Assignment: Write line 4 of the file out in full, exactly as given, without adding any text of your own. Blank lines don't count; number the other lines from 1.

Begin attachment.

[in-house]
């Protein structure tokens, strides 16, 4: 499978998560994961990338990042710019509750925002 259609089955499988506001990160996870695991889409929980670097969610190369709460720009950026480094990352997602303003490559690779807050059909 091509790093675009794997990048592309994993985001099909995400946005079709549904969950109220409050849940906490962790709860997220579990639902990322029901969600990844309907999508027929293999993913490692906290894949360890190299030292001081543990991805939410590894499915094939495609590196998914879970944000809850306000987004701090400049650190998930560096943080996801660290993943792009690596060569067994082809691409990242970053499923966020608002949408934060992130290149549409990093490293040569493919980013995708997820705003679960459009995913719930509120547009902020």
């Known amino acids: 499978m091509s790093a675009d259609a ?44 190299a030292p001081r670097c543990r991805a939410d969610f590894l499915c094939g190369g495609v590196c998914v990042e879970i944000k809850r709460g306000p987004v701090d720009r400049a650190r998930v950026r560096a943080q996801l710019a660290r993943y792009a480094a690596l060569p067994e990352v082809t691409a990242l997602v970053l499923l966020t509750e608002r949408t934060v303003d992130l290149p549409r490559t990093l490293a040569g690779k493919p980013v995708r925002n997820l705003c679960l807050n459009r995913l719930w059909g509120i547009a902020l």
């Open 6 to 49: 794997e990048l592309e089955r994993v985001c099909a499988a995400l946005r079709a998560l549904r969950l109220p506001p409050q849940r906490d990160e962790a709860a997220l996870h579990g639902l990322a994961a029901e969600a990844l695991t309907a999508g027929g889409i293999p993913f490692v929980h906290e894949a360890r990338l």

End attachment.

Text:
């Open 6 to 49: 794997e990048l592309e089955r994993v985001c099909a499988a995400l946005r079709a998560l549904r969950l109220p506001p409050q849940r906490d990160e962790a709860a997220l996870h579990g639902l990322a994961a029901e969600a990844l695991t309907a999508g027929g889409i293999p993913f490692v929980h906290e894949a360890r990338l």